A Silent Retreat: Shrine of the Beheading of Saint John the Baptist Patron of Madaba and Jordan
I trace the path to the museum with my finger on the tourist map, memorising the twists and turns that would take me there. Although the Madaba museum is my intended destination, I want to venture towards it with an open mind and curious eyes, so as not to miss the unexpected along the way.
The hustle and bustle of life pulsing through the streets lined with small shops sweep me along, and soon I’m lost in the twists and turns that look nothing like the map I’ve studied so carefully earlier. I feel lost and disoriented. As I turn a corner the bell tower of a church looms into view. The front façade of the creamy sandstone church makes me stop. I lift my camera, wondering for the umpteenth time where exactly I am. At the street corner towards which an entrance sign directs me, a man steps from a doorway, and beckons me to enter the church grounds. He sells me a ticket, waves his hand towards a series of mosaics that are copies of some of the most famous ones that were discovered in Madaba and surrounds, and disappears.
I enter the church through a small doorway to the right of the main doors that are securely closed. The shadowy passageway leads to a series of vaulted rooms. One is dedicated to John the Baptist, while another recreates Ruth’s tent, and yet another is named “Place of Vows”. It is clear that great care was taken when arranging the exhibits, despite the spooky atmosphere the dim lighting creates. Too curious not to continue, I shake the shiver running along my spine, and follow the narrow tunnel that leads to an old Moabite well of roughly 3000 years old, and some Byzantine ruins. The air is musty and damp. The silence deafening. There is no one else around.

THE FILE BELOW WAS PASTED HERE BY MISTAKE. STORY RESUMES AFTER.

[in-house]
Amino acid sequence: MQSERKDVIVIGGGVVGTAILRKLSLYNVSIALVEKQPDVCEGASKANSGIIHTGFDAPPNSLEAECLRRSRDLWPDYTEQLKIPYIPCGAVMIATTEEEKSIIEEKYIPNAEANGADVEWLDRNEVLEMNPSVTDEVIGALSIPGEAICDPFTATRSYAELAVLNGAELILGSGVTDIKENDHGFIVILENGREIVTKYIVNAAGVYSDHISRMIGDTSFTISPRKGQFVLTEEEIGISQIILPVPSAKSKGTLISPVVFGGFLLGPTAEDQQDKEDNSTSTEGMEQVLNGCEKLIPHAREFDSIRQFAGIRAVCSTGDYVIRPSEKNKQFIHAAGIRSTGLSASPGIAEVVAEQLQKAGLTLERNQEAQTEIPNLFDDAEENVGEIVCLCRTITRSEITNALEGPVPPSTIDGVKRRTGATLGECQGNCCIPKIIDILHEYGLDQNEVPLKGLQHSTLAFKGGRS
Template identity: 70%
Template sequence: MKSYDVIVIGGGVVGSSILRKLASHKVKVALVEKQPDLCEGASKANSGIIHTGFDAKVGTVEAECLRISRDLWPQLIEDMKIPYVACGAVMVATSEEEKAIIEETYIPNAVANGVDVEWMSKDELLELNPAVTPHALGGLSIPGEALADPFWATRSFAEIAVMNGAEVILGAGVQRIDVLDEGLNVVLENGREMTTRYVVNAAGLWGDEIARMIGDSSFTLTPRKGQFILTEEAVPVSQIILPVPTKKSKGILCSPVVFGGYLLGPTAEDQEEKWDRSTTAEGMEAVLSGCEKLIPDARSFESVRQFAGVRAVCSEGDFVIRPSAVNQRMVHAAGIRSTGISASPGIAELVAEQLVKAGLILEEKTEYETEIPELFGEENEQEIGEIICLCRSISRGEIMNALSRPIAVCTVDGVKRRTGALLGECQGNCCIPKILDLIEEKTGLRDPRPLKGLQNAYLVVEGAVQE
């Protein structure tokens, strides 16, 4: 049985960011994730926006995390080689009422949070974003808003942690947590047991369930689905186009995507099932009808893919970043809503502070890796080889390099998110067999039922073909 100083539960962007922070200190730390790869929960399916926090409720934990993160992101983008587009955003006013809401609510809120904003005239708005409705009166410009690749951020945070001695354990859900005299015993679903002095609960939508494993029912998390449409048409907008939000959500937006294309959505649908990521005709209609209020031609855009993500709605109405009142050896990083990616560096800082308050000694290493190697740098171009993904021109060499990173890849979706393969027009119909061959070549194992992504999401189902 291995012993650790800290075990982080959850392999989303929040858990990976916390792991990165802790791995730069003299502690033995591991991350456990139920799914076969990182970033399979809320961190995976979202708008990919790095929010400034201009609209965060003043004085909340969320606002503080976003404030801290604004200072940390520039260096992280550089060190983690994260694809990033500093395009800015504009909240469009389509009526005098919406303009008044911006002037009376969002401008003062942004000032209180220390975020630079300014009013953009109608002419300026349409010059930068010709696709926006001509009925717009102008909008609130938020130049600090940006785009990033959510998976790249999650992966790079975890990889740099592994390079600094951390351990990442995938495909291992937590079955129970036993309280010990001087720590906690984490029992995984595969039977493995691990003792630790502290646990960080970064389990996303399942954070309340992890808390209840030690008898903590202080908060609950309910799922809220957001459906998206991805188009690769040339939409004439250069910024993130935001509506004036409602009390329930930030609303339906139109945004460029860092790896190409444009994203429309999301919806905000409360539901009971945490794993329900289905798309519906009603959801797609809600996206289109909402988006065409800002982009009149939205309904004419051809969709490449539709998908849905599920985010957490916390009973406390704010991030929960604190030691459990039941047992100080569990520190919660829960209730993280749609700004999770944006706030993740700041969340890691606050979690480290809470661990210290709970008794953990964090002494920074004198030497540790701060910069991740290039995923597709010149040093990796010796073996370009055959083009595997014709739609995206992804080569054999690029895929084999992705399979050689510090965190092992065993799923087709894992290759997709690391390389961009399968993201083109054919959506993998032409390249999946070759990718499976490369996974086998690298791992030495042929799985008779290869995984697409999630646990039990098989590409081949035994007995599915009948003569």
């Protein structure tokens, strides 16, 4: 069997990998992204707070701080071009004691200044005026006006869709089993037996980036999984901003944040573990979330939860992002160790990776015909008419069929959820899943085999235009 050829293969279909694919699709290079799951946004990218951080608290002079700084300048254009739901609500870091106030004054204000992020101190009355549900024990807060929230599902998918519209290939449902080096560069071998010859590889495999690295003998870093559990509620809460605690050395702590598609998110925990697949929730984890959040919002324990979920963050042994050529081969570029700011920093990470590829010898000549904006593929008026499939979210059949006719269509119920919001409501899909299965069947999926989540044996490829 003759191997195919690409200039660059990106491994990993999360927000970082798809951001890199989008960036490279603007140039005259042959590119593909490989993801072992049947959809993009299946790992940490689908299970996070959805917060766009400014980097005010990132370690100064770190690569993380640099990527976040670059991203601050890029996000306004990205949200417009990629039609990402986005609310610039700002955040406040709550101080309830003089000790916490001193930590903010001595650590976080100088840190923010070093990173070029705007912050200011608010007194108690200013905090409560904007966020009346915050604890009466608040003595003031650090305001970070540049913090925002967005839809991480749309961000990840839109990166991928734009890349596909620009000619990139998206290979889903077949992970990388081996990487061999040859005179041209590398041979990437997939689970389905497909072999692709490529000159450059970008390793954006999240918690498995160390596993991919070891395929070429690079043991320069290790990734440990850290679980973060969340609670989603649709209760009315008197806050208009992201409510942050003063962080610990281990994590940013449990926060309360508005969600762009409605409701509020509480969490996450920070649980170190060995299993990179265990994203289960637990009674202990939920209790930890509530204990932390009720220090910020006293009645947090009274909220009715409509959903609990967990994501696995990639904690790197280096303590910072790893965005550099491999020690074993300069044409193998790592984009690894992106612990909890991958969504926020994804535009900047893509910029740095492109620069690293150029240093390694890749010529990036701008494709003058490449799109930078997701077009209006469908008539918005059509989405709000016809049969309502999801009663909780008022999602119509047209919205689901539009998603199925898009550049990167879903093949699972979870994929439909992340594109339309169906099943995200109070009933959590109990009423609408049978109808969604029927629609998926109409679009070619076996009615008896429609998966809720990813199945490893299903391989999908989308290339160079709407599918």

I duck through the narrow entrance of a secret tunnel, while my heartbeat thunders in my ears, and just for a moment, hesitate in front of a narrow, spiralling stone staircase. A sign urges me on, announcing it to be the way into the church. I press my back against the cold rough-hewn stones, and close my eyes for a brief moment. To be all alone in an underground passageway, leading into an unknown church, is an onslaught on my senses, and over-active imagination.
With a deep inhalation, I open my eyes and follow the circular movement of the stairs. I stop in awe. Ahead of me the church opens up into a tall, voluminous space. I feel cut-off from the world. No noise from the outside intrudes upon its sacred interior. The silence feels unnatural and surreal, amplified by the sound of the blood rushing through my veins.
Dainty chandeliers line the high ceiling, while the bright sunlight illuminates the stained glass windows perching high above the rows of wooden benches, patiently waiting for the faithful to fill them. The bare stone walls bar the heat from entering, leaving the inside of the church cool and inviting.
Directly opposite from where I entered, I notice another sign indicating the way to the bell tower, and as I slip past thick ropes dangling from the ceiling, my itchy hands receive a stern warning: “Please DO NOT Ring the Bells”. As I make my way upwards, a thought flits through my mind, “No one knows I’m here.” My feet clang loudly on the last couple of steep metal steps that take me past the silent bells.
I step through a small door, and grip the metal railing, when a rush of vertigo floods through my body. My breath catches as the endless views of Madaba and its surrounding countryside open up in front of me. I carefully circle the narrow ledge clinging to the outside of the bell tower, while the wind rushes through my hair and whistles down the tower. The exhilaration of the moment leaves me breathless. I lower my camera, and lean back against the wall. Far below me life continues silently, obscured by the sound of the wind and the dizzying height.
I carefully retrace my footsteps down the bell tower, through the cool, silent interior of the church, and the narrow underground passageways into the bright sunlight of a hot August afternoon. Outside I bump into a friendly Jordanian man, who happily tells me more about the church of which he is a member, and Christianity in Jordan, before giving me directions to the museum I was looking for in the first place.
Visited: August 2015
Entrance Fee: JD1
# The bell tower is the highest vantage point in Madaba, and well worth a visit.